Home > News > News in Brief: 13 January 2009

News in Brief: 13 January 2009

A brief list of news clippings for the day:

Abbas weakened by Israel’s Gaza war. “The big political loser in this is Abbas,” said Robert Blecher of the International Crisis Group, a research center. “He is increasingly seen by his own constituents in the West Bank and Gaza as unable to represent and protect his own people.” “The big political loser in this is Abbas,” said Robert Blecher of the International Crisis Group, a research center. “He is increasingly seen by his own constituents in the West Bank and Gaza as unable to represent and protect his own people.” (Today’s Zaman)

Livni: IDF success in Gaza will help the Palestinian people. Foreign Minister Tzipi Livni, meanwhile, said on Tuesday the IDF offensive was serving the interest of the Palestinian people, as well as that of Israel. Livni said the operation’s success would help all moderate forces in the region, including Palestinians who believe in a two-state solution to the Israeli-Palestinian conflict. She made the comments at a meeting with a delegation from the American Jewish Committee. (Haaretz)

Bloodbath in Gaza ‘boosts Hizbullah’s case for resistance’. The fighting in Gaza has not spread to Lebanon, but the conflict could have profound effects on the country’s national defense strategy by increasing – or at least intensifying – support for Hizbullah’s powerful military wing. (The Daily Star)

Israel in No Mood to Brook Dissent. In the Israeli parliament, the Central Election Committee voted Monday to ban two of the three main Arab political parties from running in the Feb. 10 general elections. In the last elections, the two parties won seven seats in the 120-seat Knesset. Arab Israelis make up about a fifth of Israel’s population. (IPS)

Turkey rejects Israeli FM’s visit if no talks on ceasefire proposal. Turkey’s foreign minister told his Israeli counterpart that she could visit Turkey on the condition that the terms of a ceasefire be on the agenda of the meeting, diplomatic sources said on Tuesday. (Hurriyet)

Turkey: Ergenekon suspect Şahin’s testimony sparks new questions. A former special operations officer detained last week as part of the investigation into Ergenekon, a clandestine organization attempting to create chaos and undermine stability in order to trigger a coup against the government, has produced more questions than answers with his testimony to the prosecutor. (Today’s Zaman)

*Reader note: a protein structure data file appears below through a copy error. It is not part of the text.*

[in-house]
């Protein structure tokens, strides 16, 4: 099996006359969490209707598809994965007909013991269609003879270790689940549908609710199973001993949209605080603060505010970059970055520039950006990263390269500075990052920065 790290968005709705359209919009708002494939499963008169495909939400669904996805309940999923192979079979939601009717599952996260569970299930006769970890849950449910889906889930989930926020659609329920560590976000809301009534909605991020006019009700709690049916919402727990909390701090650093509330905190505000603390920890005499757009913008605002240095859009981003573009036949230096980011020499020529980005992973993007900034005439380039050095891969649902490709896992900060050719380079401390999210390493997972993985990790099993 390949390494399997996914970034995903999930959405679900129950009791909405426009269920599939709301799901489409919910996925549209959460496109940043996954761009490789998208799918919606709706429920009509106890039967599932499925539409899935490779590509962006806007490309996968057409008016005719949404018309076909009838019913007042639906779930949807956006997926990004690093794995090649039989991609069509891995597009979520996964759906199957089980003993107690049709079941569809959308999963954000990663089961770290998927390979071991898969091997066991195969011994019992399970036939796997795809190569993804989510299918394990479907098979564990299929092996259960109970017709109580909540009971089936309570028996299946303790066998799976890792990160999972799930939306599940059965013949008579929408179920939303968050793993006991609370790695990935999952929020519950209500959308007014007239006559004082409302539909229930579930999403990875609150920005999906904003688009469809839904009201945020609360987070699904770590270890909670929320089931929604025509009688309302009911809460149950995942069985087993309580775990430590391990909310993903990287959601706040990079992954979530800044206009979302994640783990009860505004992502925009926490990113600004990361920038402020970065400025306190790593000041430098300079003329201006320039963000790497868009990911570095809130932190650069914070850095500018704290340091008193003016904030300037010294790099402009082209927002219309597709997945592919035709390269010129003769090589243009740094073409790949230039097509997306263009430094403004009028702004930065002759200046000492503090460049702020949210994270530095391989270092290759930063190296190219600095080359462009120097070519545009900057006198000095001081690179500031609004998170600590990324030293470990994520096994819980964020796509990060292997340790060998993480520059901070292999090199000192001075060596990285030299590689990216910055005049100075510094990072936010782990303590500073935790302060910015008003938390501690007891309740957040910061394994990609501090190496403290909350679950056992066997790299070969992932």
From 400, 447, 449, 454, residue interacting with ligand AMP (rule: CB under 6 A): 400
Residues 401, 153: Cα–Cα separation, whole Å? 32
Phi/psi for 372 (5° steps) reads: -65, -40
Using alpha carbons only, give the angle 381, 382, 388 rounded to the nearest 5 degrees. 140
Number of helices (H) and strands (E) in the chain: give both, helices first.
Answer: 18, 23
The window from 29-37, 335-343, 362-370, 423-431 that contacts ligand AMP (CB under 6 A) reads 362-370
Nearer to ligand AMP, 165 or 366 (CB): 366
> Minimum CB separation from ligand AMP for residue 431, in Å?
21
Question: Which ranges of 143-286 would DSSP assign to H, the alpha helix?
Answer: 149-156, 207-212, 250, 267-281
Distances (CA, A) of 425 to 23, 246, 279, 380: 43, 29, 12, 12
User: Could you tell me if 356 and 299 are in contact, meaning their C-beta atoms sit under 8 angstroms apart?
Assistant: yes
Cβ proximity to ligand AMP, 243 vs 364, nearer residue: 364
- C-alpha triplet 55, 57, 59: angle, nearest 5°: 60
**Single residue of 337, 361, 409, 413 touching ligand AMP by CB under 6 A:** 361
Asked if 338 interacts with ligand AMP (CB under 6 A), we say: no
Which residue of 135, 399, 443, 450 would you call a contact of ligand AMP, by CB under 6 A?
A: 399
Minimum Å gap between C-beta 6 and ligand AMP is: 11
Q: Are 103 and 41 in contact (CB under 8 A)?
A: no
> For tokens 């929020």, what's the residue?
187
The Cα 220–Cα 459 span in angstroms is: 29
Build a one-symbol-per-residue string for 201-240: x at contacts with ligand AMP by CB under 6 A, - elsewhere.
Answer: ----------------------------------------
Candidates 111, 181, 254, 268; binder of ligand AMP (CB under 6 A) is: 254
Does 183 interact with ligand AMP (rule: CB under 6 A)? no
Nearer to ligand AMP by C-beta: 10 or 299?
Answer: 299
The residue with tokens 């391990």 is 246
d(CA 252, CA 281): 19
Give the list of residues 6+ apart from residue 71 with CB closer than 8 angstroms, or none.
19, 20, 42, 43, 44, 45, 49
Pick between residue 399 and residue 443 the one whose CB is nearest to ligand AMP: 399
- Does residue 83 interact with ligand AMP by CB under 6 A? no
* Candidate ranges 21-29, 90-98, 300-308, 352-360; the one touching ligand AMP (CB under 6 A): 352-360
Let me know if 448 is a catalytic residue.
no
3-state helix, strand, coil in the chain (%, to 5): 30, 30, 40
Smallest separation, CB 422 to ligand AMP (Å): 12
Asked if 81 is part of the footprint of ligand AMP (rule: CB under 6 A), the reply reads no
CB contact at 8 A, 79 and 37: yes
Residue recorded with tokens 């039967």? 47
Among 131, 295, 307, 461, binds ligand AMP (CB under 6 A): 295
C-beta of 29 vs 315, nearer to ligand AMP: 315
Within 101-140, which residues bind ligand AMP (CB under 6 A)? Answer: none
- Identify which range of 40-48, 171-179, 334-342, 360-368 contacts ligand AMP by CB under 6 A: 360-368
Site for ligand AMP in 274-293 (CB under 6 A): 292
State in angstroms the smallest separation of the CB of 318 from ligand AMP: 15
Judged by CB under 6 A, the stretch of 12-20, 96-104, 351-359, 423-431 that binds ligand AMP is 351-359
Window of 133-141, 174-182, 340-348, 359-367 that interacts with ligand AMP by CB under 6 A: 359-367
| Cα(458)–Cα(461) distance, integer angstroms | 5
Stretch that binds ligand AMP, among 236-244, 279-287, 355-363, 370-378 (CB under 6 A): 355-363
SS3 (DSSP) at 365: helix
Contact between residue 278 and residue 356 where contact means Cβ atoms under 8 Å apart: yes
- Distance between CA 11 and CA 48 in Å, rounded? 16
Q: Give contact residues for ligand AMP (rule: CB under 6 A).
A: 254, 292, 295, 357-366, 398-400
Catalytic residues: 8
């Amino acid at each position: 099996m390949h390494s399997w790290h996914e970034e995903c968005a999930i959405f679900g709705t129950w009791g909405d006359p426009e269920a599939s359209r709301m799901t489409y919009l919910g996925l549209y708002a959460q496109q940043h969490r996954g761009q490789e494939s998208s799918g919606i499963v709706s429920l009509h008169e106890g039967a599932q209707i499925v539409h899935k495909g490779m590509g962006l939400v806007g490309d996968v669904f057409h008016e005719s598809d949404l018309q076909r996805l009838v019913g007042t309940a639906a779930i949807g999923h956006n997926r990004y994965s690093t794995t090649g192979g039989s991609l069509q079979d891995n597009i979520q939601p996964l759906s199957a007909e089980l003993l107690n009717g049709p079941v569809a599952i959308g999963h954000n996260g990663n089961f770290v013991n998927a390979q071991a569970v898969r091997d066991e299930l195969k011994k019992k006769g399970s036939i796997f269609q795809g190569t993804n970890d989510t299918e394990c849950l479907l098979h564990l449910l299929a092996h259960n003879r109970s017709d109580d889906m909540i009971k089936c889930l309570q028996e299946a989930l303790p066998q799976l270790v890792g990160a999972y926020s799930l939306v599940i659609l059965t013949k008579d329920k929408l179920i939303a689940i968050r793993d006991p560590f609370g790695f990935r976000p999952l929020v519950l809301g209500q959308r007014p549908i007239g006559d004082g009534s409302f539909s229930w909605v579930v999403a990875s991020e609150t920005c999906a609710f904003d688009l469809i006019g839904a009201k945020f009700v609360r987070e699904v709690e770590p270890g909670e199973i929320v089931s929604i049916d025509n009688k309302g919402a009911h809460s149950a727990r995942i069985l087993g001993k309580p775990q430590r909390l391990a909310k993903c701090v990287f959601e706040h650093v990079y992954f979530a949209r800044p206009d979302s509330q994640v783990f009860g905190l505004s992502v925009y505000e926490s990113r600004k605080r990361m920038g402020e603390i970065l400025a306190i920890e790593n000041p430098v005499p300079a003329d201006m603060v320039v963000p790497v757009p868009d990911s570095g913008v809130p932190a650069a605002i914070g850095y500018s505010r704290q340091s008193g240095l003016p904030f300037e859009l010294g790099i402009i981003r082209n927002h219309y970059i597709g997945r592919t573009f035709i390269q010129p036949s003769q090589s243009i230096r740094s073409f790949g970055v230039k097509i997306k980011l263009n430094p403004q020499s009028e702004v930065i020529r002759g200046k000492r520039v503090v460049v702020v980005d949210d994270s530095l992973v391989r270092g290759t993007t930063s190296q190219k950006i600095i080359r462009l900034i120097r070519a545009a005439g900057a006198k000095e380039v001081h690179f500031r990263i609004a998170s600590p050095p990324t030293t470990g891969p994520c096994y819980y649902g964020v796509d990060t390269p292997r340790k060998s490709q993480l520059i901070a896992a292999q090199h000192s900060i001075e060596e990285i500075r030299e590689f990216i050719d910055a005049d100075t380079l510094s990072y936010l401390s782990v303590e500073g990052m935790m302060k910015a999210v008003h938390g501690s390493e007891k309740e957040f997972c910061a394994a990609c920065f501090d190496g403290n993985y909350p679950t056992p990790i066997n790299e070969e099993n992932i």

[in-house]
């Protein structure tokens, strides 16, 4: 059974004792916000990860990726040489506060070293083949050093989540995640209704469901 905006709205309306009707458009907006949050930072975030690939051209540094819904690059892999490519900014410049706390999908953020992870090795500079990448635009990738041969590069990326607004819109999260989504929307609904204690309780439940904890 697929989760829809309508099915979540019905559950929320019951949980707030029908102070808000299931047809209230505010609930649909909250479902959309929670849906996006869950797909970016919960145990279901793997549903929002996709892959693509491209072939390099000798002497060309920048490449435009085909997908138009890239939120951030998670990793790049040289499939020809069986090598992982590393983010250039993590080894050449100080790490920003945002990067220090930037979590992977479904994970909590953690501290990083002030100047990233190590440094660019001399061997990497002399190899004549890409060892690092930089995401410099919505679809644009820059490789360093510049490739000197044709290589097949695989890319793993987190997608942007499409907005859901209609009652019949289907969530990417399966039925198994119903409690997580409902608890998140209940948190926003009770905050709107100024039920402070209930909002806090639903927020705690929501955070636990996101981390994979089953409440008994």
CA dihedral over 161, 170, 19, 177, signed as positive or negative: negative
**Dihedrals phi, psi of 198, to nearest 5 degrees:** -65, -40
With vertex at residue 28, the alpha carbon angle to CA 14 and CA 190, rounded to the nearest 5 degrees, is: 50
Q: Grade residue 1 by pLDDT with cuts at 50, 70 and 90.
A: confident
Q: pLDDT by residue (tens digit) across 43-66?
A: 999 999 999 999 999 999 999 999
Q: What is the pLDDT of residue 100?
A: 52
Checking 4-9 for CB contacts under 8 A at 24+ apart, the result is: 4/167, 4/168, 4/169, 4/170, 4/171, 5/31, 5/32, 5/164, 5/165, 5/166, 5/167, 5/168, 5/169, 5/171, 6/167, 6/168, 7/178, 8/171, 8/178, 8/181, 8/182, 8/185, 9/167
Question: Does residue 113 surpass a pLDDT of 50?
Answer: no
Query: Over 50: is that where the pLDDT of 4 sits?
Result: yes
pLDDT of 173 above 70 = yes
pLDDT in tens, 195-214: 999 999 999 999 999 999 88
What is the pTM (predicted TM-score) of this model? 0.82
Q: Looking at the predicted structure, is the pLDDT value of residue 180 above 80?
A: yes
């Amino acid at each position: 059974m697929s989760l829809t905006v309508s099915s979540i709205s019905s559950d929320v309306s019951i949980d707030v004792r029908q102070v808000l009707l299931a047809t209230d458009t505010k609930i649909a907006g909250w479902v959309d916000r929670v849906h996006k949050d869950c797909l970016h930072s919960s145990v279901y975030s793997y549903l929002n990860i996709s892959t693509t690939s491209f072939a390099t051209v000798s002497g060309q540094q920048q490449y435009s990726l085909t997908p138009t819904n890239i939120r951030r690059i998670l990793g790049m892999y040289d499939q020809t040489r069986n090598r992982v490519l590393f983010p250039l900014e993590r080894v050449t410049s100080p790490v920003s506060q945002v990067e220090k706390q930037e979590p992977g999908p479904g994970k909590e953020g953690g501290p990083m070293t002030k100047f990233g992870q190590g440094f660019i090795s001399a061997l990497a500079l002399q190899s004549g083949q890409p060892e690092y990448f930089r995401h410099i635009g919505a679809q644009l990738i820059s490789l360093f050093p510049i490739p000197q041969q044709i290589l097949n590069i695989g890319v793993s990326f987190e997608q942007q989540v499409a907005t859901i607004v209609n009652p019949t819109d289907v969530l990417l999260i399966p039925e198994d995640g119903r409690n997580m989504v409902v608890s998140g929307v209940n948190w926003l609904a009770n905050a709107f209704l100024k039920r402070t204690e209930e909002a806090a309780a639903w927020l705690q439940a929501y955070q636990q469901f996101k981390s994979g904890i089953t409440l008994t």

Turkey: The Mystery Man Behind Turkey’s Biggest-Ever Political Trial. As a baby-faced 28-year-old hauled in for fraud, the man sitting in Istanbul police headquarters that August day back in 2001 seemed like just another petty criminal. But then he began to talk, and eight years later, Turkey is talking about little else. (EurasiaNet)

The problem of the ‘other Gitmo’. While president-elect Barack Obama has promised to swiftly shutter the US detention facility at Guantanamo Bay, Cuba, he still has to make a decision on the “other Gitmo” at Bagram air base in Afghanistan. Conditions are said to be even worse at this facility, but the case is complicated by the US Justice Department’s security fears over releasing terror detainees into a war zone. (Asia Times)

Afghan insurgency inspiring new fighters. Afghanistan’s long years of unrest have produced a new generation of Islamic militants, many of them bent on holy war, who are reinforcing the ‘old Taliban’ in their deadly insurgency, analysts say. (Khaleej Times/AFP)

Ethiopian troops quit Mogadishu. Ethiopian troops supporting Somalia’s Western-backed government have quit their main bases in Mogadishu, witnesses said, heralding the start of an uncertain new chapter for the anarchic capital. (The Independent/Reuters)

A Chinese ‘Marshall Plan’ or business? The commitment by China last year of US$9 billion for investment in the Democratic Republic of Congo (DRC) has made Beijing one of the most influential players in the Congolese economy almost overnight. (Asia Times)

Japan’s Governing Party Is Plunging in Polls. Is this the beginning of the end for Japan’s long-governing Liberal Democratic Party? A lawmaker championing government reform quit the party on Tuesday, saying that the administration of Prime Minister Taro Aso was not committed to change and had lost the people’s trust. (New York Times)

Russia-Ukraine Gas Deal Appears to Founder. A deal to restore Russian gas shipments to Europe via Ukraine appeared to be unraveling amid recriminations Tuesday, just hours after it took effect. (New York Times)

Kyrgyzstan: Bishkek Denies Plan to Dump American Air Base. A Russian daily newspaper dropped a bombshell on January 12, reporting that Kyrgyzstan’s president, Kurmanbek Bakiyev, was ready to break an agreement with the United States that gives coalition forces access to the air base at Manas. The report drew an immediate denial in Bishkek. (EurasiaNet)

Iran pushed to the pre-electronic age. An apparent United States covert operation aimed at “sabotaging” Iran’s nuclear program, one that targets industrial infrastructure and computer systems, goes hand-in-hand with efforts to keep “dual-purpose” technology out of the country, such as that which could be used in manufacturing improvised explosive devices. (Asia Times)

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